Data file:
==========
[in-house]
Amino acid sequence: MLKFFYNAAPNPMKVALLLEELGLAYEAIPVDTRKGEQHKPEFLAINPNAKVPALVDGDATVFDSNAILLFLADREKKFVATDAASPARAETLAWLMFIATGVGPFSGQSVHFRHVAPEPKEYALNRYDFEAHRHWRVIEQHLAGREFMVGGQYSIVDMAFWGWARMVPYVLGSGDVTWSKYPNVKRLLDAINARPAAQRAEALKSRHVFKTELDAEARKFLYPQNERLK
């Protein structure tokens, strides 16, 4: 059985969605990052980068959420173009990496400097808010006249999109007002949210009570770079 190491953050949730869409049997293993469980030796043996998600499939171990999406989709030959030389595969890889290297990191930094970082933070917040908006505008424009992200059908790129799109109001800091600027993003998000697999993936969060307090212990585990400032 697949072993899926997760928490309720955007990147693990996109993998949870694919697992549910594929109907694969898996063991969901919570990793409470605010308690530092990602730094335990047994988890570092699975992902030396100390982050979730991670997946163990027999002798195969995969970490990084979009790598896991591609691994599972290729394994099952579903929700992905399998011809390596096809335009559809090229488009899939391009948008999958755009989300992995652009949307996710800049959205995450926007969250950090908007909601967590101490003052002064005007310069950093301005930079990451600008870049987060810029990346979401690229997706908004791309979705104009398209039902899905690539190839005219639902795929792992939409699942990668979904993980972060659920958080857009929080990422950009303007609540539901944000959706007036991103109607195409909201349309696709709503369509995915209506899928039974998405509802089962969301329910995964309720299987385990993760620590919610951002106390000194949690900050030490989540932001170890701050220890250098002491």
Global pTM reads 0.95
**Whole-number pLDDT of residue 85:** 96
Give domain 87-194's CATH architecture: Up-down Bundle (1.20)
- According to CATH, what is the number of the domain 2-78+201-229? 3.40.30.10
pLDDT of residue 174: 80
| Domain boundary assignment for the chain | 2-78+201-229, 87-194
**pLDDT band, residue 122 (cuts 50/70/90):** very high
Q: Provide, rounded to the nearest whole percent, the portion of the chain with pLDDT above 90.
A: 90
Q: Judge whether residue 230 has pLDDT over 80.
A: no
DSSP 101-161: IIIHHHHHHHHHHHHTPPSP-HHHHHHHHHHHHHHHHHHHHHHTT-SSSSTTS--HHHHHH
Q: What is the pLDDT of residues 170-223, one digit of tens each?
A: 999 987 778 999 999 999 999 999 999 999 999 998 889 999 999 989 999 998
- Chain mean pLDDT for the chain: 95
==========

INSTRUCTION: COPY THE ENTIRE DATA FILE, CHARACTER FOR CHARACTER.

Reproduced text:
[in-house]
Amino acid sequence: MLKFFYNAAPNPMKVALLLEELGLAYEAIPVDTRKGEQHKPEFLAINPNAKVPALVDGDATVFDSNAILLFLADREKKFVATDAASPARAETLAWLMFIATGVGPFSGQSVHFRHVAPEPKEYALNRYDFEAHRHWRVIEQHLAGREFMVGGQYSIVDMAFWGWARMVPYVLGSGDVTWSKYPNVKRLLDAINARPAAQRAEALKSRHVFKTELDAEARKFLYPQNERLK
């Protein structure tokens, strides 16, 4: 059985969605990052980068959420173009990496400097808010006249999109007002949210009570770079 190491953050949730869409049997293993469980030796043996998600499939171990999406989709030959030389595969890889290297990191930094970082933070917040908006505008424009992200059908790129799109109001800091600027993003998000697999993936969060307090212990585990400032 697949072993899926997760928490309720955007990147693990996109993998949870694919697992549910594929109907694969898996063991969901919570990793409470605010308690530092990602730094335990047994988890570092699975992902030396100390982050979730991670997946163990027999002798195969995969970490990084979009790598896991591609691994599972290729394994099952579903929700992905399998011809390596096809335009559809090229488009899939391009948008999958755009989300992995652009949307996710800049959205995450926007969250950090908007909601967590101490003052002064005007310069950093301005930079990451600008870049987060810029990346979401690229997706908004791309979705104009398209039902899905690539190839005219639902795929792992939409699942990668979904993980972060659920958080857009929080990422950009303007609540539901944000959706007036991103109607195409909201349309696709709503369509995915209506899928039974998405509802089962969301329910995964309720299987385990993760620590919610951002106390000194949690900050030490989540932001170890701050220890250098002491």
Global pTM reads 0.95
**Whole-number pLDDT of residue 85:** 96
Give domain 87-194's CATH architecture: Up-down Bundle (1.20)
- According to CATH, what is the number of the domain 2-78+201-229? 3.40.30.10
pLDDT of residue 174: 80
| Domain boundary assignment for the chain | 2-78+201-229, 87-194
**pLDDT band, residue 122 (cuts 50/70/90):** very high
Q: Provide, rounded to the nearest whole percent, the portion of the chain with pLDDT above 90.
A: 90
Q: Judge whether residue 230 has pLDDT over 80.
A: no
DSSP 101-161: IIIHHHHHHHHHHHHTPPSP-HHHHHHHHHHHHHHHHHHHHHHTT-SSSSTTS--HHHHHH
Q: What is the pLDDT of residues 170-223, one digit of tens each?
A: 999 987 778 999 999 999 999 999 999 999 999 998 889 999 999 989 999 998
- Chain mean pLDDT for the chain: 95